Trans-generational medication experiment: do infected adult females preferentially oviposit on anti-parasitic milkweeds?
In this experiment, we determined the oviposition preferences of infected and uninfected female butterflies for A. curassavica and A. incarnata, again because these species vary greatly in their anti-parasitic properties. Larvae from six out-bred family lines (obtained from San Antonio, TX, USA) were randomly assigned to an infected group or an uninfected control group, and 2-day-old larvae were infected with 10 spores from one parasite clone or left uninfected as described earlier. Infected and uninfected larvae were reared on A. tuberosa over their entire development, and infection status of butterflies was determined based on the discoloration of the pupal case (as described above). After eclosion, uninoculated male and female butterflies were checked for the absence of parasite spores as described earlier (avoidance experiment 1). Males from the infected group were not used for the experiment. Infected females were transferred to one of six mating cages and control female monarchs to one of six other mating cages. Uninfected and unrelated males were added to these cages to serve as mating partners. Females were kept in the mating cages between 2 and 5 days. Mated infected (n = 10) and uninfected (n = 10) females were then kept in two separate holding cages and supplied with ad libitum 10% honey water solution. Three days after mating (i.e. average time required for egg maturation), infected and uninfected females were released individually in one of five 7·1 m3 flight cages (3·1 m length, 1·8 m height and 1·27 m width) with a choice between one potted A. curassavica and one potted A. incarnata plant. Females were allowed to oviposit for a period of 1 h, after which they were returned to their original holding cage, and the number of eggs laid on each of the two plant species was recorded. To account for differences in oviposition caused by variations in the biomass of milkweeds, the dry weight of plant foliage was measured. Two days after their first oviposition test, females were tested again on a second trial. Logistic regression by generalized linear mixed model (GLMM, binomial errors, logit link) in R version 2.10.1 was used to investigate the effect of infection on the proportion of eggs laid on the anti-parasitic A. curassavica. The full model included infection, plant dry mass, monarch family and position of the plants in the cage. As ovipositing females were tested twice, the model was fitted by specifying female identity as a random effect (Crawley 2007). Finally, Poisson regression was used to investigate the effect of infection, monarch family, position of the plants in the cage and plant biomass on the total number of eggs laid by ovipositing females.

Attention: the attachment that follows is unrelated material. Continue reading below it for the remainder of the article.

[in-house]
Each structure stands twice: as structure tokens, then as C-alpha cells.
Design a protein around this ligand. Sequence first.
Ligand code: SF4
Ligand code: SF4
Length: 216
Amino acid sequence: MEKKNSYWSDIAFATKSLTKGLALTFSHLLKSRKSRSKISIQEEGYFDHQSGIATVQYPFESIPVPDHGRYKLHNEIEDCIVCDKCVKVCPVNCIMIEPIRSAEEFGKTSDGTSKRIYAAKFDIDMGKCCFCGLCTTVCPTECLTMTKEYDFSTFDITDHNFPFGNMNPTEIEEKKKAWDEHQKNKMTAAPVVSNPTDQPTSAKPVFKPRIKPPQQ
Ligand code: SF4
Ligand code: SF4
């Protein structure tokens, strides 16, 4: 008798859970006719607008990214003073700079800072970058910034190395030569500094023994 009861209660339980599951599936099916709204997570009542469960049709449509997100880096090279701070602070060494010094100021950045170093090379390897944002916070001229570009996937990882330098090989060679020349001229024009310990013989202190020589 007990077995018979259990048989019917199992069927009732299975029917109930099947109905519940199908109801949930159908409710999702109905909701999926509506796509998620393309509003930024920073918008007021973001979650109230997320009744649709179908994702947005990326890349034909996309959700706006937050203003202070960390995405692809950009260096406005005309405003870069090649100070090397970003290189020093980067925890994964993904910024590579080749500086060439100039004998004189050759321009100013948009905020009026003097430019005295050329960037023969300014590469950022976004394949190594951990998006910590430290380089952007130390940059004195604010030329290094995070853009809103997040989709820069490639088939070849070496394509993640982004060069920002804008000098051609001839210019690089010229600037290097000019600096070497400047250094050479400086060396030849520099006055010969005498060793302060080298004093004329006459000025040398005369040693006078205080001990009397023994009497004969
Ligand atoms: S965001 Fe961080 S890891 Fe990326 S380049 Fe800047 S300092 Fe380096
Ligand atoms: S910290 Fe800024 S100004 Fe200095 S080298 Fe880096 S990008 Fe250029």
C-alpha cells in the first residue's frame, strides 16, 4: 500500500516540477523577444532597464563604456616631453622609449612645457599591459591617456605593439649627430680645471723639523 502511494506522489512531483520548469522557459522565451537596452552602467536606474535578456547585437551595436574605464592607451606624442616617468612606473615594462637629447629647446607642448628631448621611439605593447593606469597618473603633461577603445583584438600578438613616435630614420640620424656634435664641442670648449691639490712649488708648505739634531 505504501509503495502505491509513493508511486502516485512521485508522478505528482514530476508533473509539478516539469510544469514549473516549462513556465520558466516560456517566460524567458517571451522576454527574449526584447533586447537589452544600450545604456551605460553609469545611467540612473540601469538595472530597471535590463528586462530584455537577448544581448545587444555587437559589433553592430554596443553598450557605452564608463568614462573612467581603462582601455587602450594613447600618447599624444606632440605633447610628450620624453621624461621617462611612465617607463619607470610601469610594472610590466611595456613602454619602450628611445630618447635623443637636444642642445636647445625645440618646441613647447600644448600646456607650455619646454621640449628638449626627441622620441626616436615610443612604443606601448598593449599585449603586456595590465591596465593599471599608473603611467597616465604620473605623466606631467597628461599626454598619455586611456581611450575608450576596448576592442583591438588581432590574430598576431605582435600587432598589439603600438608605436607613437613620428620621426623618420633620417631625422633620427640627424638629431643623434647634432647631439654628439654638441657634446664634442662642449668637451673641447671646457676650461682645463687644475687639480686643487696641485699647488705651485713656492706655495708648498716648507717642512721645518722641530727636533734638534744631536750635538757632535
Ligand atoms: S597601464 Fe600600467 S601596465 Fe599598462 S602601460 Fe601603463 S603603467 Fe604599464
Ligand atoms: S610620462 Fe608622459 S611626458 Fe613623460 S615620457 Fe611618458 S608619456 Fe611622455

Determining the anti-parasitic properties of five milkweed species
The milkweed species on which infected larvae were reared strongly affected parasite spore load (anova, F4,128 = 5·7, P =0·0003). Parasite spore loads were lowest on A. erosa followed by A. curassavica, A. syriaca, A. incarnata and A. tuberosa (Fig. 2a).